The Green Bay Packers' defense yielded 411.6 yards per game in 2011, most in the NFL. They gave up nearly 300 passing yards per game — also tops in the league — and couldn't stop a a Pop Warner offense. They went 15-1. Then were embarrassed by the New York Giants in the divisional round in their quest to repeat as Super Bowl champions.
Three months later, general manager Ted Thompson tried to fix their putrid unit by using seven of their eight draft picks on defensive players. He didn't go offense until the 241st pick (tackle Andrew Datko).
It didn't work. Nor have constant draft investments in Dom Capers' defense worked since.
The overall defense-offense breakdown of draft picks between 2012-16 favors defense, although the numbers aren't overwhelmingly slanted — 24 of 43 total picks were defensive players. However, of their 11 first- and second-round picks, eight were defenders. They haven't drafted an offensive player in the first round since tackle Derek Sherrod (No. 32) in 2011.
“I’m not sure I would characterize that exactly the same way,” Thompson told USA Today when asked about their failure to fix the defense through the draft. “We feel like we’ve gotten pretty good return on our investment. But having said that, I wasn’t aware that we drafted that many defensive players. So obviously it doesn’t mean very much to us, and I don’t think we’ve done it intentionally.”
Sure, a couple of their picks have provided good return. After four underwhelming seasons, 2012 first-rounder Nick Perry became an impact player last year and earned a five-year, $60-million contract. Ha Ha Clinton-Dix is now one of the better safeties in the NFC and has eight interceptions in three seasons.
MORE: Reuben Foster Hung Up On Saints When 49ers Called
Almost all of their high picks either had a serviceable year or two but were largely underwhelming for a multitude of reasons (e.g. Datone Jones, Jerel Worthy, Casey Hayward) or have been downright terrible (e.g. Khryi Thornton, Damarious Randall, Quinten Rollins).
Their inability to develop high-end defensive talent is staggering. If not for a couple mid-round hits in Mike Daniels (fourth round, 2012) and Micah Hyde (fifth round, 2013), Thompson would have almost nothing to show for the 23-pick parade the last five years.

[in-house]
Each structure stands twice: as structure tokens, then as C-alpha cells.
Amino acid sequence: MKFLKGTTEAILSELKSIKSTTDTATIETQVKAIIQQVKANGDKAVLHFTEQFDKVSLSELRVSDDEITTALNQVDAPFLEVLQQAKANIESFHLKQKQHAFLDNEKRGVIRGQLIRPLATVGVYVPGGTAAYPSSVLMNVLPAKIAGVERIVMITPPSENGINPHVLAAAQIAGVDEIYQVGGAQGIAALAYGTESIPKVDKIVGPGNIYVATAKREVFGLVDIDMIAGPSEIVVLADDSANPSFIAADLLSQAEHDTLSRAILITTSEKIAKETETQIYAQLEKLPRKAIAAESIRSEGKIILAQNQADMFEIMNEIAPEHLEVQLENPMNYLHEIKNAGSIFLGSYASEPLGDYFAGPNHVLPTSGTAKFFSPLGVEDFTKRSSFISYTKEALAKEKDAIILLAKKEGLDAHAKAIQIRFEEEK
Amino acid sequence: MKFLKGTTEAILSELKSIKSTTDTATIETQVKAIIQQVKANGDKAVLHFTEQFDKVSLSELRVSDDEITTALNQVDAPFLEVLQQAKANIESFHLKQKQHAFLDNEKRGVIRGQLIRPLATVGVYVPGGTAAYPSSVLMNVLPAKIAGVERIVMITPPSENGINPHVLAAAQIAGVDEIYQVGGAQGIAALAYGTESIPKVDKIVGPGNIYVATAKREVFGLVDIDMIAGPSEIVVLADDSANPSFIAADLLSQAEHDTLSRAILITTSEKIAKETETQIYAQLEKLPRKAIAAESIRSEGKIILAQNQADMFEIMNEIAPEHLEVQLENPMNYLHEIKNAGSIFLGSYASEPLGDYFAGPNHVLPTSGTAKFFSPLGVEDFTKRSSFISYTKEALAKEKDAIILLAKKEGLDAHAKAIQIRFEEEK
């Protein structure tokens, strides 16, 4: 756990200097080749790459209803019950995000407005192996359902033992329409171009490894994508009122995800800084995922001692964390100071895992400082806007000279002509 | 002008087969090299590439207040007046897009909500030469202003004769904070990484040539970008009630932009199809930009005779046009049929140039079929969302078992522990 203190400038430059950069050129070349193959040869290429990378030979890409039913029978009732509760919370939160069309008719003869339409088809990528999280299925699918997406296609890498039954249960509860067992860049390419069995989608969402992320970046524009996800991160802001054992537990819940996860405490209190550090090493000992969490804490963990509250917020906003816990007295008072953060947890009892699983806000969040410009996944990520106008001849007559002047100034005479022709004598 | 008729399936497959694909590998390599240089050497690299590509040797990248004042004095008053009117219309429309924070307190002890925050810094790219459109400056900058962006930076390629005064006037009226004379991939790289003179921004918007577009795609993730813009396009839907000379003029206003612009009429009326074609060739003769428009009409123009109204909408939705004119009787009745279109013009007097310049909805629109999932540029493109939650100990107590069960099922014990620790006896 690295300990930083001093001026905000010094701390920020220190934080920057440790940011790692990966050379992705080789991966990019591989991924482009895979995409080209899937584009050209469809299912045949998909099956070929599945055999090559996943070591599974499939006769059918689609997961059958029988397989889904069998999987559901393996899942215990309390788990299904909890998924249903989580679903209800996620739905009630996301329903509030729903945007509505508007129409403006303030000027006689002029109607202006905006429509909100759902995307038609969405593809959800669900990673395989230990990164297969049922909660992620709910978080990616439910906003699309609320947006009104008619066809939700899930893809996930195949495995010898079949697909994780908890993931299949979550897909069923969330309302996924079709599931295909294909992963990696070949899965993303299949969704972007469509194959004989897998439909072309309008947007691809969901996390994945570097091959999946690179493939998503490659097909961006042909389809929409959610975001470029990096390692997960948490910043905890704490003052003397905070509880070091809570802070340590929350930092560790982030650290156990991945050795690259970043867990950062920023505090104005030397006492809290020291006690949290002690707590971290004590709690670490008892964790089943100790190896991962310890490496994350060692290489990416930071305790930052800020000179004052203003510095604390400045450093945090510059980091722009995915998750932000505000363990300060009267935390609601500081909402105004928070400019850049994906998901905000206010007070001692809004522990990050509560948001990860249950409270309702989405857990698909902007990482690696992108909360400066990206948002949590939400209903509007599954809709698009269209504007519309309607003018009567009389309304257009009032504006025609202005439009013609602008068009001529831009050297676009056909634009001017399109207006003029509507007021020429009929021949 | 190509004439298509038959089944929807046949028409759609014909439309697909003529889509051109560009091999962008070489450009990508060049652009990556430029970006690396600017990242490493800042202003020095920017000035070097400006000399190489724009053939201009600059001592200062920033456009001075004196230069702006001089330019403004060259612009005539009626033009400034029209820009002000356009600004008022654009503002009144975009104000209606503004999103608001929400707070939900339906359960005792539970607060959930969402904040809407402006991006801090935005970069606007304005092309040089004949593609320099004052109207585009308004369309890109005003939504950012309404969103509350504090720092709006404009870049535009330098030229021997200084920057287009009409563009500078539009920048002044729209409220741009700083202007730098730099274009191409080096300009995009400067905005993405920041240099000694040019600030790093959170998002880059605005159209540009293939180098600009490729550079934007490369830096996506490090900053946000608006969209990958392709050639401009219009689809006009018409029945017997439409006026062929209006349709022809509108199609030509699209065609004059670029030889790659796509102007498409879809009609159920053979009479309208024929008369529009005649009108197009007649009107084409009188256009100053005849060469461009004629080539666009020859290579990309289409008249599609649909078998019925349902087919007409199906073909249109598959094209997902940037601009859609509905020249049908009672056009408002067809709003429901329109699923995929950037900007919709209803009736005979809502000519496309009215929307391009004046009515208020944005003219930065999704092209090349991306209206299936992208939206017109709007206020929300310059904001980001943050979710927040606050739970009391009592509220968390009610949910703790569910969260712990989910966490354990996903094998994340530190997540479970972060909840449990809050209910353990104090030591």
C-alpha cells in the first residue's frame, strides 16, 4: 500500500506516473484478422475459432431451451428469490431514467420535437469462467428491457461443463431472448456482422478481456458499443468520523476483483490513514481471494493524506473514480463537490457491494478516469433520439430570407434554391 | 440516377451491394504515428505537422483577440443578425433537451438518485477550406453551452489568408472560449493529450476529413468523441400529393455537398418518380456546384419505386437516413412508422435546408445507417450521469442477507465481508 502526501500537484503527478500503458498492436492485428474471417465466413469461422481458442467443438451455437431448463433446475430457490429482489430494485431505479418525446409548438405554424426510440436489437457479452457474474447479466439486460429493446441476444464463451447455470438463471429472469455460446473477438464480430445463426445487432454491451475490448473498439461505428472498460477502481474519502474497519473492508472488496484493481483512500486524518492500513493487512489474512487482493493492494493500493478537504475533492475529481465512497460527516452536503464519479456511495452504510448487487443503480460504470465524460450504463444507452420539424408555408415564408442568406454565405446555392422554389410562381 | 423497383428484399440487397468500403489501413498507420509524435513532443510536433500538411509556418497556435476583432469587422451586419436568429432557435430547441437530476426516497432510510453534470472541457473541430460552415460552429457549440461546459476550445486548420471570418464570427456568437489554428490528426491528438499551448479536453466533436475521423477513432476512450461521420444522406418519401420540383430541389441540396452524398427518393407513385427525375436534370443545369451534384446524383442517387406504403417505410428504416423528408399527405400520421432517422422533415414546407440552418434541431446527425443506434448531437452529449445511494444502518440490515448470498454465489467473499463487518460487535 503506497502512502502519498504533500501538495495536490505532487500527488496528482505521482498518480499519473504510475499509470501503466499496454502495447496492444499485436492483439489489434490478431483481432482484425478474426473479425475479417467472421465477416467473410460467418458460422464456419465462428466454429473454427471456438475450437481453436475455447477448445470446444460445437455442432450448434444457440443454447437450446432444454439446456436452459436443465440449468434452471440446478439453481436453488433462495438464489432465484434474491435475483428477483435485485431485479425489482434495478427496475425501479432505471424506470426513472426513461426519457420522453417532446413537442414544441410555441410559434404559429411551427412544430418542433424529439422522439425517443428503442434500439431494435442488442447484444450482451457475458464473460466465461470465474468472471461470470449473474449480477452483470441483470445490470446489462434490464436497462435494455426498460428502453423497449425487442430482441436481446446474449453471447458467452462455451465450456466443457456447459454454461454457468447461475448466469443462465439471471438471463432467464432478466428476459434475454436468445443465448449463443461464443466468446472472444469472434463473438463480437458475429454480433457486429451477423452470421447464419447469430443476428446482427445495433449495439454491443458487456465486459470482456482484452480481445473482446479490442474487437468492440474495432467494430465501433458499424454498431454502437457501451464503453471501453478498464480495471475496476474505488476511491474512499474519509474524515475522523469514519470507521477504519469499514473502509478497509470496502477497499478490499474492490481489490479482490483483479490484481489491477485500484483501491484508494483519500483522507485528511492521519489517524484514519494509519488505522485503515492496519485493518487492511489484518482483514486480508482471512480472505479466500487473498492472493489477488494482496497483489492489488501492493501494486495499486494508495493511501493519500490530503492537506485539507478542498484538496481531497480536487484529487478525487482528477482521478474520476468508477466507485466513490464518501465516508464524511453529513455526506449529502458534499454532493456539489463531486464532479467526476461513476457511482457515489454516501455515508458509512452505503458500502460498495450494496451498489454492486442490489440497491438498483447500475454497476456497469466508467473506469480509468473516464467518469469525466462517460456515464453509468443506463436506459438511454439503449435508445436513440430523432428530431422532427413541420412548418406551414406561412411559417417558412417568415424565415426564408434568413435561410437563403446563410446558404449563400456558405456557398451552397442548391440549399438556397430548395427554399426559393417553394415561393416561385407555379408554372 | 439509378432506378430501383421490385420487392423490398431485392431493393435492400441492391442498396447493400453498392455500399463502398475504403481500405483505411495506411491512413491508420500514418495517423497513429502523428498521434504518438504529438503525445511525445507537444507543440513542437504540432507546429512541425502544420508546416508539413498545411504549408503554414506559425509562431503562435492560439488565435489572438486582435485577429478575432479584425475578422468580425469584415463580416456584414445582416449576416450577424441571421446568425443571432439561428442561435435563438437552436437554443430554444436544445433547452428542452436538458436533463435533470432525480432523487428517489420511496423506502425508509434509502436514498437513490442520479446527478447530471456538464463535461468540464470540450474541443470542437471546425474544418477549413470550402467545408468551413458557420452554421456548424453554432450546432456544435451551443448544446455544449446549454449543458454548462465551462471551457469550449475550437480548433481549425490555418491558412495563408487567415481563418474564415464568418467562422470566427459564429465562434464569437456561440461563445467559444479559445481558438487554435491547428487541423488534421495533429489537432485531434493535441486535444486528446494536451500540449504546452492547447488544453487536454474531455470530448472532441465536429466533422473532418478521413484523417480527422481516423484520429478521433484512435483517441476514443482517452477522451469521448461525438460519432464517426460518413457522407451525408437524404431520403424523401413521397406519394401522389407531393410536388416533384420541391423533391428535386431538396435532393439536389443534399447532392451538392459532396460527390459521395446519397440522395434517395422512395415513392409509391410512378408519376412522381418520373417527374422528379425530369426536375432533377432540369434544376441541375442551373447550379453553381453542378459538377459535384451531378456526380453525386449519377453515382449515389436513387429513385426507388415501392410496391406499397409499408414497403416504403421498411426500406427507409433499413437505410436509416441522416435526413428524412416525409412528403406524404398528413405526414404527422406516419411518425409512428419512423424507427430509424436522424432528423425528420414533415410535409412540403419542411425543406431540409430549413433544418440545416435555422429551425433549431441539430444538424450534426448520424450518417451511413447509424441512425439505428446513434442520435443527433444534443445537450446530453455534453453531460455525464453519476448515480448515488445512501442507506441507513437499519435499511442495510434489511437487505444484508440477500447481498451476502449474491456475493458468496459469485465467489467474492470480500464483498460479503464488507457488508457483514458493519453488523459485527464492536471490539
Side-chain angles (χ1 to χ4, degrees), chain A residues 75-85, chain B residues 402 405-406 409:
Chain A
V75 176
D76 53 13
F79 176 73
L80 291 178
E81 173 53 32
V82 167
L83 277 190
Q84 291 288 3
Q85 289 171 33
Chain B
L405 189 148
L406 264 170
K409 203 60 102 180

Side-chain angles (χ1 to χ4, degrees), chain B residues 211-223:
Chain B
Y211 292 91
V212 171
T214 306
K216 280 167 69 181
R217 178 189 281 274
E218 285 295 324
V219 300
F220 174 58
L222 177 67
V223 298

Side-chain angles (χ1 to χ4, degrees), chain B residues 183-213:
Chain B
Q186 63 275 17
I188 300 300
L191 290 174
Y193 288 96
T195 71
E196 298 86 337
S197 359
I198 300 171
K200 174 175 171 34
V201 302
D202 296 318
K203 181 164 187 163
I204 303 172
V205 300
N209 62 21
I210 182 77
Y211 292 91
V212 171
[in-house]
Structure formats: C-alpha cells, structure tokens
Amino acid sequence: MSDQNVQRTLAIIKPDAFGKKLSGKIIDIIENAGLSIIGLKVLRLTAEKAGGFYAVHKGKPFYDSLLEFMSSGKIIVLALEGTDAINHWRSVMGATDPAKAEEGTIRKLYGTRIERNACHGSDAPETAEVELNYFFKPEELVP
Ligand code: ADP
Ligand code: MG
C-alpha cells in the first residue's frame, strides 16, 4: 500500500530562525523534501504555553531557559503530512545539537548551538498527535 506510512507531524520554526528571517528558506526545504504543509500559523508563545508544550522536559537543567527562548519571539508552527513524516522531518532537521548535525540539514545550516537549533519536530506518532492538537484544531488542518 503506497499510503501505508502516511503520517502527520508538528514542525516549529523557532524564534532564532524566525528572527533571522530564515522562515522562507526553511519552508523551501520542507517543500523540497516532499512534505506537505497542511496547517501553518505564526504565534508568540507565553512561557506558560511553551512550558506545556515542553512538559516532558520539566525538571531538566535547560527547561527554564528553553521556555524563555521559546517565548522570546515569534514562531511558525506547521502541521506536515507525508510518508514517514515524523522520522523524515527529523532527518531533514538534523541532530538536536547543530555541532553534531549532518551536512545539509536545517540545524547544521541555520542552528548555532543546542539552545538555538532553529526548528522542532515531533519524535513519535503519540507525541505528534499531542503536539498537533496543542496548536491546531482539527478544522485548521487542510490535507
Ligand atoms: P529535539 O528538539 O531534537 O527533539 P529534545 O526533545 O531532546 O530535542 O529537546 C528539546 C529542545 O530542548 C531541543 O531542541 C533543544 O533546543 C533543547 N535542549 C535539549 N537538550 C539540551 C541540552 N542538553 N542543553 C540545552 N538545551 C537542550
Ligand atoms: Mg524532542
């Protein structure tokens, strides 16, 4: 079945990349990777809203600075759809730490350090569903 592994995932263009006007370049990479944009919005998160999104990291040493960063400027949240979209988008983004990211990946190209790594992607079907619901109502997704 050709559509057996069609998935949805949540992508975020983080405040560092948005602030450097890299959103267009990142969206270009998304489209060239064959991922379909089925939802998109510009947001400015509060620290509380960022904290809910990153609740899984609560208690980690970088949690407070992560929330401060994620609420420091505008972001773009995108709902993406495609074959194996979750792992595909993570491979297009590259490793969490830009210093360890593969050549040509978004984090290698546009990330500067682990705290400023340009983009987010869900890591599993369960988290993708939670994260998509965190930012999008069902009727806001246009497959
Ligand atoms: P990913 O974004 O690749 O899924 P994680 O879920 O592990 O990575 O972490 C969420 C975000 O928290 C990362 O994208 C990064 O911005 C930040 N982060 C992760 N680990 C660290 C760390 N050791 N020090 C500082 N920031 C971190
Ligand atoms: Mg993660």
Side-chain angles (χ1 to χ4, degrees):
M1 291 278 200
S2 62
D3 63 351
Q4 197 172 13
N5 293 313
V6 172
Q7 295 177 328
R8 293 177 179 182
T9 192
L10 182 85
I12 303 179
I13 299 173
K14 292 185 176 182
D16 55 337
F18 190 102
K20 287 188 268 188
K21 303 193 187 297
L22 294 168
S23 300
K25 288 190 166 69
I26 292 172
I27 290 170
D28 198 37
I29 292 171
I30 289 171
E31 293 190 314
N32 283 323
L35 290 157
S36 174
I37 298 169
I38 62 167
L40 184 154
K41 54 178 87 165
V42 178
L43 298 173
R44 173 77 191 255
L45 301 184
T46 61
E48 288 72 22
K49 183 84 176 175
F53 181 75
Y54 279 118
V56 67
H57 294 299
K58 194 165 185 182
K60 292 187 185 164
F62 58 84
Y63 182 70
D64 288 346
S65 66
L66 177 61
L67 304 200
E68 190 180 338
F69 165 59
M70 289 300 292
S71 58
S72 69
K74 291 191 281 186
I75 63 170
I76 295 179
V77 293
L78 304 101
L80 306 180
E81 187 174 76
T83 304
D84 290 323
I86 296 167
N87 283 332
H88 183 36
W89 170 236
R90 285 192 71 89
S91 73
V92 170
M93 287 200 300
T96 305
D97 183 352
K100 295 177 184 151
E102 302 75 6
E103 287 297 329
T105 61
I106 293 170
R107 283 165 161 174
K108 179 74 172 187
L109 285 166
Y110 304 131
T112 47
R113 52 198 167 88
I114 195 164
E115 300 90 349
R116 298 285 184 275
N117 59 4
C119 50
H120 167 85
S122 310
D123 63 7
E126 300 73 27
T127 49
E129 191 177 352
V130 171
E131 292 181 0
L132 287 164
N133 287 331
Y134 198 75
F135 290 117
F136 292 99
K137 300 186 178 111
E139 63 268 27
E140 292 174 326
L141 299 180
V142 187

But the Packers' longtime boss isn't scared off. He's still committed to head coach Mike McCarthy — who'd probably fire himself before firing Capers — and still committed to giving Capers the tools he needs.
For the second time since 2012, they selected defenders with each of their first three picks in the 2017 NFL Draft: cornerback Kevin King (No. 33), safety Josh Jones (No. 61) and defensive tackle Montravius Adams (No. 93). While it was a familiar tune for Packers' fans who have watched their defensively challenged team underachieve every season since winning Super Bowl XLV, at least Thompson went bigger and faster than ever before.
King is 6-foot-3 and runs a 4.43 40-yard dash; Jones is 6-foot-1 and runs a 4.41. Both players — by far — represent the most robust combination of size and speed that Thompson has drafted since arriving in 2005. Heck, even Adams (6-foot-4, 304 pounds) is bigger and stronger than similar players they've taken.
"King’s length and athleticism should help the Packers handle the tall, hyperathletic receiving talents spread out across the NFL in today’s game," said Zach Kruse of Packers Wire. He certainly could have helped last January, when [Dez] Bryant and [Julio] Jones combined for 312 receiving yards and four touchdowns [in the playoffs] against Green Bay’s outgunned cornerback group."
It's fair to remain skeptical. Until Thompson and Capers can prove they can develop elite college talent into elite NFL talent, they don't deserve the benefit. But at least they're trying something different.